Joe Paterno Retirement Latest in Long Line of Unfitting Coaching Exits


Joe Paterno’s announcement he would step down after nearly five decades as Penn State’s head football coach was expected. It’s been expected for nearly a decade. The unexpected elements of the winningest Division I football coach’s retirement are the tragic circumstances surrounding it. An unprecedented career in terms of longevity, success and overall impact ends in the most unprecedented fashion. But while the why of Paterno’s retirement is so vastly different and sad from others, the what is further proof that legendary coaches rarely take a hero’s ride off into the sunset.

A parallel that has been used to Paterno is Woody Hayes, perhaps the biggest birth from Miami’s Cradle of Coaches and 27-year Ohio State coach. While comparisons between the two coaches’ exits are vastly misguided, both were revolutionary in their field and left under clouds. The Paterno-Hayes comparison exists largely because Hayes’ ouster from OSU previously set the benchmark for a revered coach leaving the game under bizarre circumstances.

The above punch of Clemson’s Charlie Bauman in the Gator Bowl ended Hayes’ career and forever remains a moment as synonymous with the coach as his 238 career wins and eight Rose Bowl appearances — if not more so. Hayes allowed his anger to cloud his better judgment. Such was the rap critics leveled against longtime Indiana basketball coach Bob Knight. Coach Knight’s outbursts included the pictured chair throwing incident, but the altercation with Neil Reed that led to his dismissal from IU is more discussed than his many accomplishments.

Knight won three national championships at IU and in his two-plus decades there, established it as a basketball power to the point that 24 years after its last title and myriad struggles, still feels like it should be a powerhouse. His great mind for the game was evident at Texas Tech, where he notched some level of redemption in leading the Red Raiders to the 2005 Sweet Sixteen. I covered Tech in its two wins that NCAA Tournament, and the feared Knight was one of the most gracious and funny athletic figures I have ever interviewed. Radio and television folks made their best efforts to poke the bear as it were, asking ridiculous questions in efforts to manufacture one of those oh-so-famous Knight soundbytes. Said efforts were in vain.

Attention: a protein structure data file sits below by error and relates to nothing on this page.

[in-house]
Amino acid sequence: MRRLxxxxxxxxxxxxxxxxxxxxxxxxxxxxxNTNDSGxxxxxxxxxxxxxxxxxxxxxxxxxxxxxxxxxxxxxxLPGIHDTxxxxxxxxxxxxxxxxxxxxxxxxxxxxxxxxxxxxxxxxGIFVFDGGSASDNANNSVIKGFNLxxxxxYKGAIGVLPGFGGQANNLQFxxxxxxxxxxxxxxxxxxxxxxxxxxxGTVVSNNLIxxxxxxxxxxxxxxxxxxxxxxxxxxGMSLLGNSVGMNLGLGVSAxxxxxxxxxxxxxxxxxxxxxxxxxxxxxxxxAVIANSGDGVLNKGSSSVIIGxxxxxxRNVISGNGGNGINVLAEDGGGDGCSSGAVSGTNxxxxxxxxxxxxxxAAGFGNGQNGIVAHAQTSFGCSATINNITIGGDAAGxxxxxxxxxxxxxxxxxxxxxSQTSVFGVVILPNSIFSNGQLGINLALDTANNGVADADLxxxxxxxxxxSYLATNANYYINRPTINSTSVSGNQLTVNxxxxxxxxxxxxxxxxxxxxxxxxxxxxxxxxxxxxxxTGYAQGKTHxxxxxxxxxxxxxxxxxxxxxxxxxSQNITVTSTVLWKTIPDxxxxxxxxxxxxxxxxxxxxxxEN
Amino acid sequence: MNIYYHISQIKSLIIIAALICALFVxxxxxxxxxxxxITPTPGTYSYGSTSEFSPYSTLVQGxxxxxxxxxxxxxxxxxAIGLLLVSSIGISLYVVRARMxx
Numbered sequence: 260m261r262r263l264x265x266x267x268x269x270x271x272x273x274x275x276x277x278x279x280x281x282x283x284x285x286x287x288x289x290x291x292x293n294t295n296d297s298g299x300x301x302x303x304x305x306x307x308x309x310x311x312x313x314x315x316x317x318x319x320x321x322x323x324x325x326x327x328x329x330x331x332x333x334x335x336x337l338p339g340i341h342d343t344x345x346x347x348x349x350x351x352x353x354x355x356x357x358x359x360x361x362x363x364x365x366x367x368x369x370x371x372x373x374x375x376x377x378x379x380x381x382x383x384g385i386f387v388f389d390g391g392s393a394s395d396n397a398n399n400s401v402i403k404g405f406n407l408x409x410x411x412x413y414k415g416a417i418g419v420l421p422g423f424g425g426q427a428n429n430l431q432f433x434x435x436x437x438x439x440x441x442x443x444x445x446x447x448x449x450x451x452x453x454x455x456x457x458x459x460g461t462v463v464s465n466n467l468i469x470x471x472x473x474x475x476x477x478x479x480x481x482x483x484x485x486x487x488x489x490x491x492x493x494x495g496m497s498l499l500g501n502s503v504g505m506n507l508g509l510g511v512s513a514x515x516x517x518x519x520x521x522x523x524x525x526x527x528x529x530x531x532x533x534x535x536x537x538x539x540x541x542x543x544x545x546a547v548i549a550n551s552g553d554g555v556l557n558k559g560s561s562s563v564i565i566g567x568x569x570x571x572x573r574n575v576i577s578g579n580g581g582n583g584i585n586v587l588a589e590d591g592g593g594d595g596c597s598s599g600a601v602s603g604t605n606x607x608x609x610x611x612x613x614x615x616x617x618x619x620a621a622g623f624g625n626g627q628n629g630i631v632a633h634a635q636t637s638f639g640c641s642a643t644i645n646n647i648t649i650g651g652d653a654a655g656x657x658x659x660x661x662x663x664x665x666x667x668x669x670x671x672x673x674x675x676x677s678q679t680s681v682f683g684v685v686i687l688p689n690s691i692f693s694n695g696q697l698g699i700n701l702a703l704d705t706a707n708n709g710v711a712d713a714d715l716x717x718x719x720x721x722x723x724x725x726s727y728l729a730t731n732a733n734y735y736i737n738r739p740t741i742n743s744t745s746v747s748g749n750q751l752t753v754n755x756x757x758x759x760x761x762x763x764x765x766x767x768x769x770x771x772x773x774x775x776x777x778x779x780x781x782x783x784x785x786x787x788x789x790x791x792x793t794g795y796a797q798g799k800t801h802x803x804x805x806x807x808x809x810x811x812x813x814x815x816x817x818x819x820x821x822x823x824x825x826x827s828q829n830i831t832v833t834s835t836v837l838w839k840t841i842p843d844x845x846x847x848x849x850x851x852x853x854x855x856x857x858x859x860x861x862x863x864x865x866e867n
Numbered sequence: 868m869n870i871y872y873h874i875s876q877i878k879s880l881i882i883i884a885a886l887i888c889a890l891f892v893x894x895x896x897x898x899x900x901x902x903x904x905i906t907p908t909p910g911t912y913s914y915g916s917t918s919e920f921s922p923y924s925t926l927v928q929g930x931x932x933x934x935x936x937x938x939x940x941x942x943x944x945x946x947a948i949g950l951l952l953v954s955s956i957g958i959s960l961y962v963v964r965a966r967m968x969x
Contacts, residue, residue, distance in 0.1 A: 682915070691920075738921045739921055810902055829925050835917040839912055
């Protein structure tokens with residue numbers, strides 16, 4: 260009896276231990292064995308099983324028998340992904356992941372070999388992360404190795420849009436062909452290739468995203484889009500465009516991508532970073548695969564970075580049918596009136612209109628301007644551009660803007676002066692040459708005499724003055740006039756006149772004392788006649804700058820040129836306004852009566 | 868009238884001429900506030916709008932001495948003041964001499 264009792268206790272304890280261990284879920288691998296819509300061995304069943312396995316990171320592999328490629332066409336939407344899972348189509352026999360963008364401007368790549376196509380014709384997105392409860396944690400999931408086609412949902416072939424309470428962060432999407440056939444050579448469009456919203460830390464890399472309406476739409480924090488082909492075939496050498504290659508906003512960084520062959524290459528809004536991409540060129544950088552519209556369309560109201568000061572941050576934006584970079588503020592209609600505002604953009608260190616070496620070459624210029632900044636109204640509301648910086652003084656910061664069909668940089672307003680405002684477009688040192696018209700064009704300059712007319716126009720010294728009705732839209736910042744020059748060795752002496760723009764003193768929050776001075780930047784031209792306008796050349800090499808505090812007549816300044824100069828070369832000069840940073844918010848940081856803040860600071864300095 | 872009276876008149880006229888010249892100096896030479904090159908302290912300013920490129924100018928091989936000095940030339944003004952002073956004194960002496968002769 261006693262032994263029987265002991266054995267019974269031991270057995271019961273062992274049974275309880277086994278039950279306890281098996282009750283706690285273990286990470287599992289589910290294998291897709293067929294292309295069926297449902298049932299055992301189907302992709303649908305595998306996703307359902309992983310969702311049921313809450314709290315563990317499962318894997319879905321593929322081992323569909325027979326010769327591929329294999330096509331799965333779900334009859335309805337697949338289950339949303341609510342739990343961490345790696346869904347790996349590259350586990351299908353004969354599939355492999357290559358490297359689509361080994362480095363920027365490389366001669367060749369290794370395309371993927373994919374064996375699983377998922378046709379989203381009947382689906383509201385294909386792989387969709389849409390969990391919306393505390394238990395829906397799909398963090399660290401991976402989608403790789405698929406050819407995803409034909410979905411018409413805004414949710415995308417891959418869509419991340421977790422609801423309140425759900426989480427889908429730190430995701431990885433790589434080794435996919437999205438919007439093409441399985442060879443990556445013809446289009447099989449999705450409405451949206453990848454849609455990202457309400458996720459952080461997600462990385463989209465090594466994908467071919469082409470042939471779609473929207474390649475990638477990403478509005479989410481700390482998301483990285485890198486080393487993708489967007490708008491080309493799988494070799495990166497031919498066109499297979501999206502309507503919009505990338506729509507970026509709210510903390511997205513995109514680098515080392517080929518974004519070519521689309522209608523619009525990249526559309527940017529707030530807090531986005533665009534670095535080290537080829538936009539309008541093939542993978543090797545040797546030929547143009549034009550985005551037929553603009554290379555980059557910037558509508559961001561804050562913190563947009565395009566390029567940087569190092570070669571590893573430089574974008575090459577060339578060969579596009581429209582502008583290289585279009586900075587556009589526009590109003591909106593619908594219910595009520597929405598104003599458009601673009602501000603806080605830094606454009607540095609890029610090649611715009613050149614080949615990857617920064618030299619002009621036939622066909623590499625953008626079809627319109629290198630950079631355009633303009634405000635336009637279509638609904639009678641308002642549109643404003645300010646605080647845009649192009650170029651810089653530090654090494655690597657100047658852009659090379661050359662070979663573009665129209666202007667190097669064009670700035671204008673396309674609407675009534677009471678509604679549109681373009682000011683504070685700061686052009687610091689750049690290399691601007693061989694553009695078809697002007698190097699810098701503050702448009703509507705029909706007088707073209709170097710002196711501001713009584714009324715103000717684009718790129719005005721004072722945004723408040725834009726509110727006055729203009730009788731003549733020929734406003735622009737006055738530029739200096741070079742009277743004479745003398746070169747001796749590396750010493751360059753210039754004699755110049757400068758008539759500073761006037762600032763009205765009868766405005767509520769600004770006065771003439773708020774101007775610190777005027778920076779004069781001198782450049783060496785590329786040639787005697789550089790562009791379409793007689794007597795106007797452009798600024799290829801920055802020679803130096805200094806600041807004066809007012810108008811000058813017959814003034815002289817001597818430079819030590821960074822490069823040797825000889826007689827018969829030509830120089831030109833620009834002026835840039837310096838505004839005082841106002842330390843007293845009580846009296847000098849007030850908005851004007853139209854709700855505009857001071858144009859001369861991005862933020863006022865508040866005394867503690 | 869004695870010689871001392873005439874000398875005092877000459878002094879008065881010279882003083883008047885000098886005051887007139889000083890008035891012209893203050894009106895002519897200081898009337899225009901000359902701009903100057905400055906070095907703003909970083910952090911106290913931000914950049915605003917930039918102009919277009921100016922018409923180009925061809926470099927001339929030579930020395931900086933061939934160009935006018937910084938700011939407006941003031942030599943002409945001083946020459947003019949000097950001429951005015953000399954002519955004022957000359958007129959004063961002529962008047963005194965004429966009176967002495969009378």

The ’05 run was something of a last hurrah for the legend, who coached Tech to the 2007 Tournament but was bounced unceremoniously, and shockingly retired midway through the following season. Knight left Lubbock in mid-February, not in April after a last Final Four, not carried off the floor by his players.

Bobby Bowden did get a hero’s farewell. A contemporary of Paterno whose successes at West Virginia and Florida State match much of what JoePa accomplished in Happy Valley, Bowden was still coaching championship contenders in the last decade of his tenure.

But even with a postseason victory over his former program to cap an illustrious career, there are those who remember Bowden more for the tumultuous run in his latter seasons than the myriad successes he had prior. Some point between the Seminoles’ appearance in the 2001 Orange Bowl and Bowden’s Gator Bowl defeat of West Virginia, people regarded his tenure with the same foot-tapping, watch-gazing anxiety Paterno had been perceived with prior to the horrifying revelations at Penn State.

Instances of overstayed welcome from impatient media and unappreciative fan bases are far more common than the Hayes or Paterno controversial departures. But that coaches like Bowden, Lute Olson, Lou Piniella are unable to retire on top is unfortunate. It’s also the norm. Rare is the Dean Smith who goes out on top.